updated 7:46 PM UTC, Sep 23, 2020

Abbott extends disaster declaration

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By Chris Edwards
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The total number of confirmed Covid-19 cases stands at four in Tyler County, and nationally, the protocols adopted to help slow the spread of the virus appear to be working in certain areas.

Last week, on Tuesday, County Judge Jacques Blanchette announced that two more county residents, of Ivanhoe, had tested positive for the virus.

The two patients, according to Blanchette, are a 58-year-old man and 46-year-old woman who are both currently at home under isolation.

At press time, there have been 63 county residents tested with no new positives, according to emergency management. On Sunday, Governor Greg Abbott extended the statewide disaster declaration originally issued on March 13.

Disaster declarations are typically established for 30-day periods, so the extended version of the declaration will conceivably last until May 13. The extended declaration does not extend the stay-at-home order, which is set to expire April 30. It does allow the state government to continue using emergency resources to protect its residents.

Abbott said in a news release that he continues to urge all Texans to keep practicing social distancing and abide by the guidelines laid out by the Centers for Disease Control, as well as his executive orders, to slow the virus’s spread.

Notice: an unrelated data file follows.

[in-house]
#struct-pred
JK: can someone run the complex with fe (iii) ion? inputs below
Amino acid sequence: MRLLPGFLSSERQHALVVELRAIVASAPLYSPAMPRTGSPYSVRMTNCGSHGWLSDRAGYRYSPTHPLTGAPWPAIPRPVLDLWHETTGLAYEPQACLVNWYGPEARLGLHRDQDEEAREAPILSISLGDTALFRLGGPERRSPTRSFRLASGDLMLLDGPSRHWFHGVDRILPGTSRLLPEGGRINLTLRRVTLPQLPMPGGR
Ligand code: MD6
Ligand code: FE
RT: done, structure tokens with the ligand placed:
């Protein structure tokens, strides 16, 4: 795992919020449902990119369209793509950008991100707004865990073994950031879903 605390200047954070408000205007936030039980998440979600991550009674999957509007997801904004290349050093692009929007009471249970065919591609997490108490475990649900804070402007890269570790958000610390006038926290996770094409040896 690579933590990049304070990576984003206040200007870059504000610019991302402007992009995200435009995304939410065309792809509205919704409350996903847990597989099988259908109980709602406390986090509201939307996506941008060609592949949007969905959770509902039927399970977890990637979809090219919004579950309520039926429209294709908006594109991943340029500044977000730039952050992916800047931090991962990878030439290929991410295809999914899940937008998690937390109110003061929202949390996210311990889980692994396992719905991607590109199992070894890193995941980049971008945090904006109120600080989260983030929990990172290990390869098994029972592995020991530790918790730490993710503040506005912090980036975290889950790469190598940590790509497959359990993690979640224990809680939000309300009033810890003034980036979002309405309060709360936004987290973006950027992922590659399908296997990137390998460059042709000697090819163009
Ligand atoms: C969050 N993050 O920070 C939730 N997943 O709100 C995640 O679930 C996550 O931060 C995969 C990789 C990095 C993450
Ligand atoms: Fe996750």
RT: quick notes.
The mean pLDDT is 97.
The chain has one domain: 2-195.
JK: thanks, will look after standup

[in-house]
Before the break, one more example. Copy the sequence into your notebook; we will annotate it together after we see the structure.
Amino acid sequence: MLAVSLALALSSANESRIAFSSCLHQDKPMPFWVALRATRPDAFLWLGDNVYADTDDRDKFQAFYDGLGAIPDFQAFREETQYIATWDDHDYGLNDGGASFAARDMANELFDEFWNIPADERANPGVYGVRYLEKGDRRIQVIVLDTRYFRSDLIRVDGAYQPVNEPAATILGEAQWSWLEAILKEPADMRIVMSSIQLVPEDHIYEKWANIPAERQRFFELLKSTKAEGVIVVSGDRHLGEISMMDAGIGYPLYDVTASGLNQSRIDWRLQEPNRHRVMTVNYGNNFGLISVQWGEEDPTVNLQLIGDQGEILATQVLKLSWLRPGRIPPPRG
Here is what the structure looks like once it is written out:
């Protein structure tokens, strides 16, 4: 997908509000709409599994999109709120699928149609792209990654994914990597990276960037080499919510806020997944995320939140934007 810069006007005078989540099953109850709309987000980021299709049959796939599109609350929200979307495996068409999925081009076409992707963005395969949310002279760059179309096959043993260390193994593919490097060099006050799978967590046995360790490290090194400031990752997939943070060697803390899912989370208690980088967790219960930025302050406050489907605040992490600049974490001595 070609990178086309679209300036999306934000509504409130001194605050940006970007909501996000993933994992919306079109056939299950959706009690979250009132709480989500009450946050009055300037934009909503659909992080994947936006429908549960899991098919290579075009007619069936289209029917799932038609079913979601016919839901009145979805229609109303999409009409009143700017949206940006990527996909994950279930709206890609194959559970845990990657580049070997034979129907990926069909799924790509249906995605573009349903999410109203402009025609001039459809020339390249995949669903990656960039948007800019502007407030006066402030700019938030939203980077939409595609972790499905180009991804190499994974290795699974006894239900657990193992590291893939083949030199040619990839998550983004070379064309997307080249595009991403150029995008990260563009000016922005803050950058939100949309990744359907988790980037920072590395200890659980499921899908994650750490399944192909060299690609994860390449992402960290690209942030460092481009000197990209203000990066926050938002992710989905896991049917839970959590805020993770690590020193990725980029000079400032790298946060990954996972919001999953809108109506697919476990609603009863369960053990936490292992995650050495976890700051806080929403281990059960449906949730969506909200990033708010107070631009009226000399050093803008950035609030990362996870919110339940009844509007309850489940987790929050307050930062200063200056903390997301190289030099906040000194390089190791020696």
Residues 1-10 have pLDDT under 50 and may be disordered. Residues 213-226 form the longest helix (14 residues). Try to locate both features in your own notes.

In a press conference on Monday, Abbott said that reopening the state’s economy will be a slow process, dependent upon data.

The governor also said that an announcement is forthcoming this week on whether schools will remain closed for the remainder of the academic 2019-20 year. They are currently ordered closed until May 4.

The pandemic has also affected upcoming elections across the state and country, as well as campaigns.

Abbott announced on Friday that the runoff election is postponed until July 14 from its original May 26 date.

In a notice issued by Blanchette on Friday, he was notified that the state Attorney General’s office issued guidance allowing golf courses, driving ranges and golf training centers to reopen and operate, as long as the social distancing protocols set forth by the CDC are observed.

As of Easter Sunday, there were 13,484 total cases reported across the state, and 271 deaths attributed to the virus.

In the prior week, the DSHS reported 8,163 confirmed cases and 153 deaths.

The Southeast Texas Regional Emergency Operations Center has a total of 258 confirmed cases in the region, and nine deaths.

The regional call center is open 24-7 for anyone who has experienced symptoms (fever, dry cough, shortness of breath) or if they believe to have been exposed to an infected individual. The number to the call center is 409-550-2536.

Callers will be evaluated for testing. Nationally, the CDC reported 554,849 confirmed cases and 21,942 deaths since Jan. 21, in an update on Monday.

Another data source, the online Worldometer, which tabulates in real time statistics from a variety of agencies and sources, reported 38,015 recovered cases nationwide. Officials at the federal and state level have said that the protocols recommended by the CDC appear to be working.

On his website, Abbott released a statement last week to encourage Texans. He compared the pandemic to past natural disasters and said “just as we overcame those challenges, we will overcome this one. When neighbors help neighbors, our resilience is redoubled.”

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